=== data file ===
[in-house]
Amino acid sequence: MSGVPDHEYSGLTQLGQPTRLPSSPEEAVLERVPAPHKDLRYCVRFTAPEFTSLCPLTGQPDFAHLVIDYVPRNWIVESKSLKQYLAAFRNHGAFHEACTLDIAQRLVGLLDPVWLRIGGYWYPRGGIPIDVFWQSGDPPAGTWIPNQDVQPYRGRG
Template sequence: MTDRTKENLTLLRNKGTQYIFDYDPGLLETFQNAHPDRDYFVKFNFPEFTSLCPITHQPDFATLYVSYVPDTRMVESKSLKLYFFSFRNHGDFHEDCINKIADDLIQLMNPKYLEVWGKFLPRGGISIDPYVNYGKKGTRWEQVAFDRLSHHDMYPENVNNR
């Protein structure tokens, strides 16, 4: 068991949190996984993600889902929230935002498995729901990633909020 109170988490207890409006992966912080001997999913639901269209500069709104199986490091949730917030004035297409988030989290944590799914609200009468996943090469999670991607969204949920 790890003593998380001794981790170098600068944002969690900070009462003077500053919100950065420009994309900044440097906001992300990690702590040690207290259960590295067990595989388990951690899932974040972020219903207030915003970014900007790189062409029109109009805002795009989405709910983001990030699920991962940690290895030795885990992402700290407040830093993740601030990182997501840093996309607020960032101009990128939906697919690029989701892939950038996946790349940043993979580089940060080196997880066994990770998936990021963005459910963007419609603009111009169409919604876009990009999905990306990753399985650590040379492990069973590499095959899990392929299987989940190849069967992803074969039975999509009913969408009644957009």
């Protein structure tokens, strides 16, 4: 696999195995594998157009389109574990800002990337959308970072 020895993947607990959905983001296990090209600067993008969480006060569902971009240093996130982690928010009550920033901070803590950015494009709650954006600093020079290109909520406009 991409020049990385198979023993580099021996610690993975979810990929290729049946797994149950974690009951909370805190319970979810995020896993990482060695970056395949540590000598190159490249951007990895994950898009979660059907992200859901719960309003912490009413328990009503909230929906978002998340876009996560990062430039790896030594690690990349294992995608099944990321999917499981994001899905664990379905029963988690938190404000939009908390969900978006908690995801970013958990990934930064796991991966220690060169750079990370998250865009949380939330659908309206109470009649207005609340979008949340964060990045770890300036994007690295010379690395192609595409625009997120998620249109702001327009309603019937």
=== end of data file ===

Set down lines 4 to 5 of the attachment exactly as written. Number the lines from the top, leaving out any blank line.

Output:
């Protein structure tokens, strides 16, 4: 068991949190996984993600889902929230935002498995729901990633909020 109170988490207890409006992966912080001997999913639901269209500069709104199986490091949730917030004035297409988030989290944590799914609200009468996943090469999670991607969204949920 790890003593998380001794981790170098600068944002969690900070009462003077500053919100950065420009994309900044440097906001992300990690702590040690207290259960590295067990595989388990951690899932974040972020219903207030915003970014900007790189062409029109109009805002795009989405709910983001990030699920991962940690290895030795885990992402700290407040830093993740601030990182997501840093996309607020960032101009990128939906697919690029989701892939950038996946790349940043993979580089940060080196997880066994990770998936990021963005459910963007419609603009111009169409919604876009990009999905990306990753399985650590040379492990069973590499095959899990392929299987989940190849069967992803074969039975999509009913969408009644957009």
């Protein structure tokens, strides 16, 4: 696999195995594998157009389109574990800002990337959308970072 020895993947607990959905983001296990090209600067993008969480006060569902971009240093996130982690928010009550920033901070803590950015494009709650954006600093020079290109909520406009 991409020049990385198979023993580099021996610690993975979810990929290729049946797994149950974690009951909370805190319970979810995020896993990482060695970056395949540590000598190159490249951007990895994950898009979660059907992200859901719960309003912490009413328990009503909230929906978002998340876009996560990062430039790896030594690690990349294992995608099944990321999917499981994001899905664990379905029963988690938190404000939009908390969900978006908690995801970013958990990934930064796991991966220690060169750079990370998250865009949380939330659908309206109470009649207005609340979008949340964060990045770890300036994007690295010379690395192609595409625009997120998620249109702001327009309603019937």